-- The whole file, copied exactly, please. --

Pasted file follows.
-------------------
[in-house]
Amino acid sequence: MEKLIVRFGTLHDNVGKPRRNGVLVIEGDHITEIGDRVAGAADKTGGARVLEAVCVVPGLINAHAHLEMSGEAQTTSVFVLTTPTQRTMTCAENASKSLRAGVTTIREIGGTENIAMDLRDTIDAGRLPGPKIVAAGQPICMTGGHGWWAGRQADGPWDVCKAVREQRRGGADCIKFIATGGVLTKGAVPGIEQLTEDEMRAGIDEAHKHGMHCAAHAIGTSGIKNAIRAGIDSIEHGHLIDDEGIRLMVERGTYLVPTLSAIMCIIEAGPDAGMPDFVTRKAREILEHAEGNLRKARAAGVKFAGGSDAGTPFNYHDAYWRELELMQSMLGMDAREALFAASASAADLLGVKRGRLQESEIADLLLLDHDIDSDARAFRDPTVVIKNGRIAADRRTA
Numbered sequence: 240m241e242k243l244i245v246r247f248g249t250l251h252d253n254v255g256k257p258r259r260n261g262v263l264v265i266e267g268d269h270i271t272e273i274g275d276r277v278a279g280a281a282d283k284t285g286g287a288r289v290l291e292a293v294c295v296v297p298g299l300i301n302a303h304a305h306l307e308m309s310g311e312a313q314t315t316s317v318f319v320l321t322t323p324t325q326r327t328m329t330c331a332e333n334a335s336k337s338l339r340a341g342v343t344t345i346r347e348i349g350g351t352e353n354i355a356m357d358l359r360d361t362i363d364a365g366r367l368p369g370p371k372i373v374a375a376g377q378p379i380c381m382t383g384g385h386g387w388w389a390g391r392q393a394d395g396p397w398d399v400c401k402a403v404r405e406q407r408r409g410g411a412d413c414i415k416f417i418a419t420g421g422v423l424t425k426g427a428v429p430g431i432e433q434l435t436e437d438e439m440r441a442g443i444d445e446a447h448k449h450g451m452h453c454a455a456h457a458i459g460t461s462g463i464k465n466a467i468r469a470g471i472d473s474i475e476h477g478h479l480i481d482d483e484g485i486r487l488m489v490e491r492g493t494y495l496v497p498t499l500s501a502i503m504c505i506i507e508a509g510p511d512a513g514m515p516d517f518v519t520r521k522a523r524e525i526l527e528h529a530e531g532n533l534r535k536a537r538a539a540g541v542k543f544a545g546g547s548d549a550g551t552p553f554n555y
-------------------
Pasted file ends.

[in-house]
Amino acid sequence: MEKLIVRFGTLHDNVGKPRRNGVLVIEGDHITEIGDRVAGAADKTGGARVLEAVCVVPGLINAHAHLEMSGEAQTTSVFVLTTPTQRTMTCAENASKSLRAGVTTIREIGGTENIAMDLRDTIDAGRLPGPKIVAAGQPICMTGGHGWWAGRQADGPWDVCKAVREQRRGGADCIKFIATGGVLTKGAVPGIEQLTEDEMRAGIDEAHKHGMHCAAHAIGTSGIKNAIRAGIDSIEHGHLIDDEGIRLMVERGTYLVPTLSAIMCIIEAGPDAGMPDFVTRKAREILEHAEGNLRKARAAGVKFAGGSDAGTPFNYHDAYWRELELMQSMLGMDAREALFAASASAADLLGVKRGRLQESEIADLLLLDHDIDSDARAFRDPTVVIKNGRIAADRRTA
Numbered sequence: 240m241e242k243l244i245v246r247f248g249t250l251h252d253n254v255g256k257p258r259r260n261g262v263l264v265i266e267g268d269h270i271t272e273i274g275d276r277v278a279g280a281a282d283k284t285g286g287a288r289v290l291e292a293v294c295v296v297p298g299l300i301n302a303h304a305h306l307e308m309s310g311e312a313q314t315t316s317v318f319v320l321t322t323p324t325q326r327t328m329t330c331a332e333n334a335s336k337s338l339r340a341g342v343t344t345i346r347e348i349g350g351t352e353n354i355a356m357d358l359r360d361t362i363d364a365g366r367l368p369g370p371k372i373v374a375a376g377q378p379i380c381m382t383g384g385h386g387w388w389a390g391r392q393a394d395g396p397w398d399v400c401k402a403v404r405e406q407r408r409g410g411a412d413c414i415k416f417i418a419t420g421g422v423l424t425k426g427a428v429p430g431i432e433q434l435t436e437d438e439m440r441a442g443i444d445e446a447h448k449h450g451m452h453c454a455a456h457a458i459g460t461s462g463i464k465n466a467i468r469a470g471i472d473s474i475e476h477g478h479l480i481d482d483e484g485i486r487l488m489v490e491r492g493t494y495l496v497p498t499l500s501a502i503m504c505i506i507e508a509g510p511d512a513g514m515p516d517f518v519t520r521k522a523r524e525i526l527e528h529a530e531g532n533l534r535k536a537r538a539a540g541v542k543f544a545g546g547s548d549a550g551t552p553f554n555y